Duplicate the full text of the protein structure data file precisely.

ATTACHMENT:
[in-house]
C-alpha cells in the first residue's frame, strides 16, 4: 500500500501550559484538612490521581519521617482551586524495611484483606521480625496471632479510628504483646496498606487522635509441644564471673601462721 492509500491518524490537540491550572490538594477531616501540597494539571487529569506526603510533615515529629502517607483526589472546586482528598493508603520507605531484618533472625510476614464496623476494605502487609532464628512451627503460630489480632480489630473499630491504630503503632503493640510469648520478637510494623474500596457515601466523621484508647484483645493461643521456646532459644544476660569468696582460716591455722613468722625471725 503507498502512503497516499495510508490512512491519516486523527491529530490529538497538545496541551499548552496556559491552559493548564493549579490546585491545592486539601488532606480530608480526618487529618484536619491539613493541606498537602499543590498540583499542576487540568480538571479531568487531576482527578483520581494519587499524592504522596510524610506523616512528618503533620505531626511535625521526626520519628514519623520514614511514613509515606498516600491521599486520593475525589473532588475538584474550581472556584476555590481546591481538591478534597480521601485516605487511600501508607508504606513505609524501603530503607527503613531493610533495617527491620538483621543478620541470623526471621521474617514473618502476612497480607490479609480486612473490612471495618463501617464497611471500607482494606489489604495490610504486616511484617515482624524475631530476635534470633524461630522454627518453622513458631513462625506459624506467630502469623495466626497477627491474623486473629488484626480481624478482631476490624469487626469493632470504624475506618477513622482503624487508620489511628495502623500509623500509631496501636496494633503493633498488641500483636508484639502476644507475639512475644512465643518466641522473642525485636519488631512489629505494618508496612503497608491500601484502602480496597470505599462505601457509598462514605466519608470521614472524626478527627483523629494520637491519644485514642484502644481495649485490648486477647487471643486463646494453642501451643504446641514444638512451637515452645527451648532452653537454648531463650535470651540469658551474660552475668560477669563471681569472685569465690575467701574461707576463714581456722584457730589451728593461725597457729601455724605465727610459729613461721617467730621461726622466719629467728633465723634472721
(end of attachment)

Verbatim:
[in-house]
C-alpha cells in the first residue's frame, strides 16, 4: 500500500501550559484538612490521581519521617482551586524495611484483606521480625496471632479510628504483646496498606487522635509441644564471673601462721 492509500491518524490537540491550572490538594477531616501540597494539571487529569506526603510533615515529629502517607483526589472546586482528598493508603520507605531484618533472625510476614464496623476494605502487609532464628512451627503460630489480632480489630473499630491504630503503632503493640510469648520478637510494623474500596457515601466523621484508647484483645493461643521456646532459644544476660569468696582460716591455722613468722625471725 503507498502512503497516499495510508490512512491519516486523527491529530490529538497538545496541551499548552496556559491552559493548564493549579490546585491545592486539601488532606480530608480526618487529618484536619491539613493541606498537602499543590498540583499542576487540568480538571479531568487531576482527578483520581494519587499524592504522596510524610506523616512528618503533620505531626511535625521526626520519628514519623520514614511514613509515606498516600491521599486520593475525589473532588475538584474550581472556584476555590481546591481538591478534597480521601485516605487511600501508607508504606513505609524501603530503607527503613531493610533495617527491620538483621543478620541470623526471621521474617514473618502476612497480607490479609480486612473490612471495618463501617464497611471500607482494606489489604495490610504486616511484617515482624524475631530476635534470633524461630522454627518453622513458631513462625506459624506467630502469623495466626497477627491474623486473629488484626480481624478482631476490624469487626469493632470504624475506618477513622482503624487508620489511628495502623500509623500509631496501636496494633503493633498488641500483636508484639502476644507475639512475644512465643518466641522473642525485636519488631512489629505494618508496612503497608491500601484502602480496597470505599462505601457509598462514605466519608470521614472524626478527627483523629494520637491519644485514642484502644481495649485490648486477647487471643486463646494453642501451643504446641514444638512451637515452645527451648532452653537454648531463650535470651540469658551474660552475668560477669563471681569472685569465690575467701574461707576463714581456722584457730589451728593461725597457729601455724605465727610459729613461721617467730621461726622466719629467728633465723634472721